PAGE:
Google, of course.
Don’t get me wrong. I really like the iPhone. Last year I upgraded from the 4S to the 5S, and I was seriously considering purchasing an iPhone 6. The plethora of apps that allow you to create and share original content is impressive. Being able to take a picture and have it synced with iCloud, available both on my iPad and my MacBook Air is very nice. And it is not like I will be giving up my iPhone. I’ll still use my 5S like an iPod Touch when wireless is available, which is helpful when controlling our Apple TV at home, or as a remote for a Keynote presentation at a conference.
But Google has become such a part of my professional life. Our district adopted Google Apps for Education about five years ago. The Apple versions of their apps work fairly well on iOS, but the experience is much better within the Android operating system. I will be getting the Motorola Droid MAXX. Playing with it at a local cell phone location, the navigation and transitions between Drive, Google+, Gmail, and Chrome are very efficient.
A lot of communication and collaboration that occurs for me as an administrator is now housed within Google Apps. For example, our elementary level administrative team houses all of our minutes, spreadsheets, and schedules in Google Drive. Sometimes I need to bring certain documents up quickly. The native environment provided by an Android phone is certainly a plus in these situations.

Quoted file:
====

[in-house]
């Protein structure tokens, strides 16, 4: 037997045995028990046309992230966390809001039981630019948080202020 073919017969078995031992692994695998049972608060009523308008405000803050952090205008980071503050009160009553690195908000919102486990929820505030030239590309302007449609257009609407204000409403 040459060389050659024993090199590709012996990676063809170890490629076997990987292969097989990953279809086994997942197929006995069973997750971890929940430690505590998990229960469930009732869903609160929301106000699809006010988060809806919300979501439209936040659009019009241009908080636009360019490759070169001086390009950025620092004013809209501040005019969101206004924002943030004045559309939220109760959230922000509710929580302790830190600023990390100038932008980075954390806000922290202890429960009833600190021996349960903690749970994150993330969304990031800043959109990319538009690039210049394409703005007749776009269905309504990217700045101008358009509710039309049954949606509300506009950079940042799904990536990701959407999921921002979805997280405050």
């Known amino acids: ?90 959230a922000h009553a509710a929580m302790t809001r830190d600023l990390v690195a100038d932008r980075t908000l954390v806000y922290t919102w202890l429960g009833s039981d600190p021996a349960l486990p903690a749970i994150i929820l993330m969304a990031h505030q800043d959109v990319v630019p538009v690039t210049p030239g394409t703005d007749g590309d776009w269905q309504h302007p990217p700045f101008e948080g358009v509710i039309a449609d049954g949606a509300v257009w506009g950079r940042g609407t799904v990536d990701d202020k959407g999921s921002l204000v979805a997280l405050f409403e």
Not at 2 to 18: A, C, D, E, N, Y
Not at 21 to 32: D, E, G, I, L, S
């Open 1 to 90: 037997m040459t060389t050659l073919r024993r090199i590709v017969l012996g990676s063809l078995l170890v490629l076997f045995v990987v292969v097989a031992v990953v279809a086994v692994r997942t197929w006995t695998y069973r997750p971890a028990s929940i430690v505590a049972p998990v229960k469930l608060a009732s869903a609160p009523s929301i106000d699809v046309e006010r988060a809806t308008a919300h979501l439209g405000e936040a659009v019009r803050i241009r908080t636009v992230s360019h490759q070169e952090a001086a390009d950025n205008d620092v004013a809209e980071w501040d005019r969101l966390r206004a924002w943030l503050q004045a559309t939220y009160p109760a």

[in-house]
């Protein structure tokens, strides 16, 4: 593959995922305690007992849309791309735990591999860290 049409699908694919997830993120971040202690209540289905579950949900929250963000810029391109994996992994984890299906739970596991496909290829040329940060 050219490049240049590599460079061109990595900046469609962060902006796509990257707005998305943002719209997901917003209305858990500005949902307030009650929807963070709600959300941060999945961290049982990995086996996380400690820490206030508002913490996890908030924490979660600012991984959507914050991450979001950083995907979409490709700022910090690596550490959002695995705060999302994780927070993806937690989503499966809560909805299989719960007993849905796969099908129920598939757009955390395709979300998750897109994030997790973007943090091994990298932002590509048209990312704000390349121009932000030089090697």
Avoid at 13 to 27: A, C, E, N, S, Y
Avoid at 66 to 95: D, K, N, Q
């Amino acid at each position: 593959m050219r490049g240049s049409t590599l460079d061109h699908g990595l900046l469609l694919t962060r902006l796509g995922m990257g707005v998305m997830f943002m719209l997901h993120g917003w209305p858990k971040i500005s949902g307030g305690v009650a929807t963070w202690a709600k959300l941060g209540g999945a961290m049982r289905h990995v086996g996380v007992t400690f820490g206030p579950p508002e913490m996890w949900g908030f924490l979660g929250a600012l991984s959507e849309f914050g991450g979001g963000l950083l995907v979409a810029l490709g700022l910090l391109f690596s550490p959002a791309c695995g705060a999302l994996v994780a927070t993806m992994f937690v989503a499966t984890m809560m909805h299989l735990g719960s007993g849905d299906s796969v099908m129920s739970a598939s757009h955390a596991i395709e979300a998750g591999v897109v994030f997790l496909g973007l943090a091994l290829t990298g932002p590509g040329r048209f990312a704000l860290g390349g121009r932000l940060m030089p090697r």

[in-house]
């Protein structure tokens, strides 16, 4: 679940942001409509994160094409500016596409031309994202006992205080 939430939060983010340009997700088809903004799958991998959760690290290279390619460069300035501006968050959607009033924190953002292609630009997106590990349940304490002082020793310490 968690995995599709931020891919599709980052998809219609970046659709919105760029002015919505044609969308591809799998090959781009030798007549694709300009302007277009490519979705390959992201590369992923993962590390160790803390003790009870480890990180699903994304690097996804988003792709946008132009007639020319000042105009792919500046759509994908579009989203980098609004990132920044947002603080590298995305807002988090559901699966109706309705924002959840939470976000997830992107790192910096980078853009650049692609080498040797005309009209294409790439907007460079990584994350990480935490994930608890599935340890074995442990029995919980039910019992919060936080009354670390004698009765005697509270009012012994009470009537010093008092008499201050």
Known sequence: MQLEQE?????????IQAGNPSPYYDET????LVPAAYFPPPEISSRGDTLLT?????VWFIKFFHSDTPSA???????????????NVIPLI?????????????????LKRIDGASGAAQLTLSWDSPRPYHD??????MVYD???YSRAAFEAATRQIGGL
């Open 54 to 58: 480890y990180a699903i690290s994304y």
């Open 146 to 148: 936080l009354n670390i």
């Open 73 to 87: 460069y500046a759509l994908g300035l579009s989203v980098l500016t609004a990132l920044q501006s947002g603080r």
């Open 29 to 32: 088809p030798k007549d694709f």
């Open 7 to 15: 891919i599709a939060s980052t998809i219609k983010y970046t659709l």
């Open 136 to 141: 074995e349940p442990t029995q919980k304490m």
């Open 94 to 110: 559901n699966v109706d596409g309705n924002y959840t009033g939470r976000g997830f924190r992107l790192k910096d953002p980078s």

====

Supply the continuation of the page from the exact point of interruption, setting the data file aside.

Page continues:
I’ve also gotten better about saving images in Google Photo. These pictures become much more accessible when I want to write and share a post on our school blog, housed on Blogger. These images are also accessible within Google+, a social media platform I am finding more helpful to me as a professional every time I use it. Beyond the Community I formed for my book last year, I am a part of a number of other Google+ Communities focused on digital tools, as well as local and global educational organizations. These more focused spaces for learning have become communities of practice for me.
Another benefit is Google Calendar. The iPhone worked fine for the functionality, as it connected well between both platforms. But again, it comes down to practicalities. By choosing to use an iPhone because I love the content and creativity it provides for me, am I giving up time and organization as I try to get things done efficiently using Google products on a platform that is not optimized for that product?
I am sure other professionals have (and may be currently dealing with) this dilemma, which probably seems minor if I were to gain more perspective. Nevertheless, here it is. What are your thoughts on this topic? Please share in the comments.